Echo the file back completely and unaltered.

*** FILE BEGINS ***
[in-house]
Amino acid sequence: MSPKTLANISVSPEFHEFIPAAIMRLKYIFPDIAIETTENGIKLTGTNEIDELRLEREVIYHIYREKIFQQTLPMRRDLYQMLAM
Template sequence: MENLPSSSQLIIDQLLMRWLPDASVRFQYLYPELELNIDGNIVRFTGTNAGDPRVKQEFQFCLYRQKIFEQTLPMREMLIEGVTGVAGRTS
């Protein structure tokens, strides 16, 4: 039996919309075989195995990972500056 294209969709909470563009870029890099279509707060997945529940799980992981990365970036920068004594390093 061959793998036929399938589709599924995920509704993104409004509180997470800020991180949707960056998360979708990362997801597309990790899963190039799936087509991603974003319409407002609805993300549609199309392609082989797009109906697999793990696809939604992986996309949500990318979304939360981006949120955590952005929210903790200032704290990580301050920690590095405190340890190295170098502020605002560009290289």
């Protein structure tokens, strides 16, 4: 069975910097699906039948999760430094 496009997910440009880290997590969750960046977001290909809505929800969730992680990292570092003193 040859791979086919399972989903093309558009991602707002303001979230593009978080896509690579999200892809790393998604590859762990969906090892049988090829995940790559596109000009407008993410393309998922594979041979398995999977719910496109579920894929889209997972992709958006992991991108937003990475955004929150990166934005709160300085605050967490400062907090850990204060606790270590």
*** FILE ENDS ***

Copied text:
[in-house]
Amino acid sequence: MSPKTLANISVSPEFHEFIPAAIMRLKYIFPDIAIETTENGIKLTGTNEIDELRLEREVIYHIYREKIFQQTLPMRRDLYQMLAM
Template sequence: MENLPSSSQLIIDQLLMRWLPDASVRFQYLYPELELNIDGNIVRFTGTNAGDPRVKQEFQFCLYRQKIFEQTLPMREMLIEGVTGVAGRTS
């Protein structure tokens, strides 16, 4: 039996919309075989195995990972500056 294209969709909470563009870029890099279509707060997945529940799980992981990365970036920068004594390093 061959793998036929399938589709599924995920509704993104409004509180997470800020991180949707960056998360979708990362997801597309990790899963190039799936087509991603974003319409407002609805993300549609199309392609082989797009109906697999793990696809939604992986996309949500990318979304939360981006949120955590952005929210903790200032704290990580301050920690590095405190340890190295170098502020605002560009290289």
């Protein structure tokens, strides 16, 4: 069975910097699906039948999760430094 496009997910440009880290997590969750960046977001290909809505929800969730992680990292570092003193 040859791979086919399972989903093309558009991602707002303001979230593009978080896509690579999200892809790393998604590859762990969906090892049988090829995940790559596109000009407008993410393309998922594979041979398995999977719910496109579920894929889209997972992709958006992991991108937003990475955004929150990166934005709160300085605050967490400062907090850990204060606790270590």